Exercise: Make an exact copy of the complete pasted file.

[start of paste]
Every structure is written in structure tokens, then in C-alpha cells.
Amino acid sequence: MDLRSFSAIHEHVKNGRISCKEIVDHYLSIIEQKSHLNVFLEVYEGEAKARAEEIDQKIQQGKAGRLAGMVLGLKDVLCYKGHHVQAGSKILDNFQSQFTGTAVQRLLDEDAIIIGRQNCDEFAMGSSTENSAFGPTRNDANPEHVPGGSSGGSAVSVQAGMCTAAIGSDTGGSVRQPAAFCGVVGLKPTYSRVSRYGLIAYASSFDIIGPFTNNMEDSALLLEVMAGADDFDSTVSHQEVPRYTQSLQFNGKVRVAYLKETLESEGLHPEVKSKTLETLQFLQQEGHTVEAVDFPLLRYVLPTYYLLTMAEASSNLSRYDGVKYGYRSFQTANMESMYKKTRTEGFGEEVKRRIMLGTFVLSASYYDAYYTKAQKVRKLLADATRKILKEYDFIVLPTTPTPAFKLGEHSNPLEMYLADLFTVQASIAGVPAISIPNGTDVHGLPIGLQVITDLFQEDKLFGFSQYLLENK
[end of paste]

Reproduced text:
Every structure is written in structure tokens, then in C-alpha cells.
Amino acid sequence: MDLRSFSAIHEHVKNGRISCKEIVDHYLSIIEQKSHLNVFLEVYEGEAKARAEEIDQKIQQGKAGRLAGMVLGLKDVLCYKGHHVQAGSKILDNFQSQFTGTAVQRLLDEDAIIIGRQNCDEFAMGSSTENSAFGPTRNDANPEHVPGGSSGGSAVSVQAGMCTAAIGSDTGGSVRQPAAFCGVVGLKPTYSRVSRYGLIAYASSFDIIGPFTNNMEDSALLLEVMAGADDFDSTVSHQEVPRYTQSLQFNGKVRVAYLKETLESEGLHPEVKSKTLETLQFLQQEGHTVEAVDFPLLRYVLPTYYLLTMAEASSNLSRYDGVKYGYRSFQTANMESMYKKTRTEGFGEEVKRRIMLGTFVLSASYYDAYYTKAQKVRKLLADATRKILKEYDFIVLPTTPTPAFKLGEHSNPLEMYLADLFTVQASIAGVPAISIPNGTDVHGLPIGLQVITDLFQEDKLFGFSQYLLENK